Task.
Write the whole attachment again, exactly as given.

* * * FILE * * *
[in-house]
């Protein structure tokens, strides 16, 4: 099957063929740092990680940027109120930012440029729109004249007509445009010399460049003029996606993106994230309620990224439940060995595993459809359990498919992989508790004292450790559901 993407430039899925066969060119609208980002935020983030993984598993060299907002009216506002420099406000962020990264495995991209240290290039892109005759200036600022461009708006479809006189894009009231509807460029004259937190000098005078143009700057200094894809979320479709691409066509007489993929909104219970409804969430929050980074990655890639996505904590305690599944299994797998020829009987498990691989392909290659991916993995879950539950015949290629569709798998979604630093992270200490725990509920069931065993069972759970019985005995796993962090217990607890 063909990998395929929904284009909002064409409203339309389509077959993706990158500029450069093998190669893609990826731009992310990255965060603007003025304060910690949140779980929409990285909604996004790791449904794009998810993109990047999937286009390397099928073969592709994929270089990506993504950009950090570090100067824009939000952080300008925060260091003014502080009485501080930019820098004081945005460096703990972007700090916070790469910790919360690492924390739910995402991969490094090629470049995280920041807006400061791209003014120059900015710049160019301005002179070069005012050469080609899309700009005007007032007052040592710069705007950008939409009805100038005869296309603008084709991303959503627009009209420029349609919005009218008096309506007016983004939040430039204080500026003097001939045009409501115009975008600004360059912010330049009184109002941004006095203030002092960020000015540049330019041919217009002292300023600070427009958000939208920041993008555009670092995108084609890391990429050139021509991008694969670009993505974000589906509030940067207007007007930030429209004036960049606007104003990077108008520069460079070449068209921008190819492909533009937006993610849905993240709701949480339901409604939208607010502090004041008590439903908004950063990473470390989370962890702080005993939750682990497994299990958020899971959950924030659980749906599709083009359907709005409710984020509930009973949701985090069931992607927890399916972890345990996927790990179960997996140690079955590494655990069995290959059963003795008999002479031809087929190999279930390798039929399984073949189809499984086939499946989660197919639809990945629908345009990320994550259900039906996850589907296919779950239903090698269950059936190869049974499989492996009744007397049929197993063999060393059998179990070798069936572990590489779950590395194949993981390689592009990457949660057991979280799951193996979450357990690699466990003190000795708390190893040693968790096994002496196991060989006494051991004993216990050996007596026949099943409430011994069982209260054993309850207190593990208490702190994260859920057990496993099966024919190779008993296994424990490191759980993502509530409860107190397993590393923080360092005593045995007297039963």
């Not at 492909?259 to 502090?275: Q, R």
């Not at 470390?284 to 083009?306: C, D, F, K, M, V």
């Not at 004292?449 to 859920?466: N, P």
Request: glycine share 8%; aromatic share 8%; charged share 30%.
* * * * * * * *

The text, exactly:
[in-house]
């Protein structure tokens, strides 16, 4: 099957063929740092990680940027109120930012440029729109004249007509445009010399460049003029996606993106994230309620990224439940060995595993459809359990498919992989508790004292450790559901 993407430039899925066969060119609208980002935020983030993984598993060299907002009216506002420099406000962020990264495995991209240290290039892109005759200036600022461009708006479809006189894009009231509807460029004259937190000098005078143009700057200094894809979320479709691409066509007489993929909104219970409804969430929050980074990655890639996505904590305690599944299994797998020829009987498990691989392909290659991916993995879950539950015949290629569709798998979604630093992270200490725990509920069931065993069972759970019985005995796993962090217990607890 063909990998395929929904284009909002064409409203339309389509077959993706990158500029450069093998190669893609990826731009992310990255965060603007003025304060910690949140779980929409990285909604996004790791449904794009998810993109990047999937286009390397099928073969592709994929270089990506993504950009950090570090100067824009939000952080300008925060260091003014502080009485501080930019820098004081945005460096703990972007700090916070790469910790919360690492924390739910995402991969490094090629470049995280920041807006400061791209003014120059900015710049160019301005002179070069005012050469080609899309700009005007007032007052040592710069705007950008939409009805100038005869296309603008084709991303959503627009009209420029349609919005009218008096309506007016983004939040430039204080500026003097001939045009409501115009975008600004360059912010330049009184109002941004006095203030002092960020000015540049330019041919217009002292300023600070427009958000939208920041993008555009670092995108084609890391990429050139021509991008694969670009993505974000589906509030940067207007007007930030429209004036960049606007104003990077108008520069460079070449068209921008190819492909533009937006993610849905993240709701949480339901409604939208607010502090004041008590439903908004950063990473470390989370962890702080005993939750682990497994299990958020899971959950924030659980749906599709083009359907709005409710984020509930009973949701985090069931992607927890399916972890345990996927790990179960997996140690079955590494655990069995290959059963003795008999002479031809087929190999279930390798039929399984073949189809499984086939499946989660197919639809990945629908345009990320994550259900039906996850589907296919779950239903090698269950059936190869049974499989492996009744007397049929197993063999060393059998179990070798069936572990590489779950590395194949993981390689592009990457949660057991979280799951193996979450357990690699466990003190000795708390190893040693968790096994002496196991060989006494051991004993216990050996007596026949099943409430011994069982209260054993309850207190593990208490702190994260859920057990496993099966024919190779008993296994424990490191759980993502509530409860107190397993590393923080360092005593045995007297039963």
């Not at 492909?259 to 502090?275: Q, R």
């Not at 470390?284 to 083009?306: C, D, F, K, M, V």
């Not at 004292?449 to 859920?466: N, P």
Request: glycine share 8%; aromatic share 8%; charged share 30%.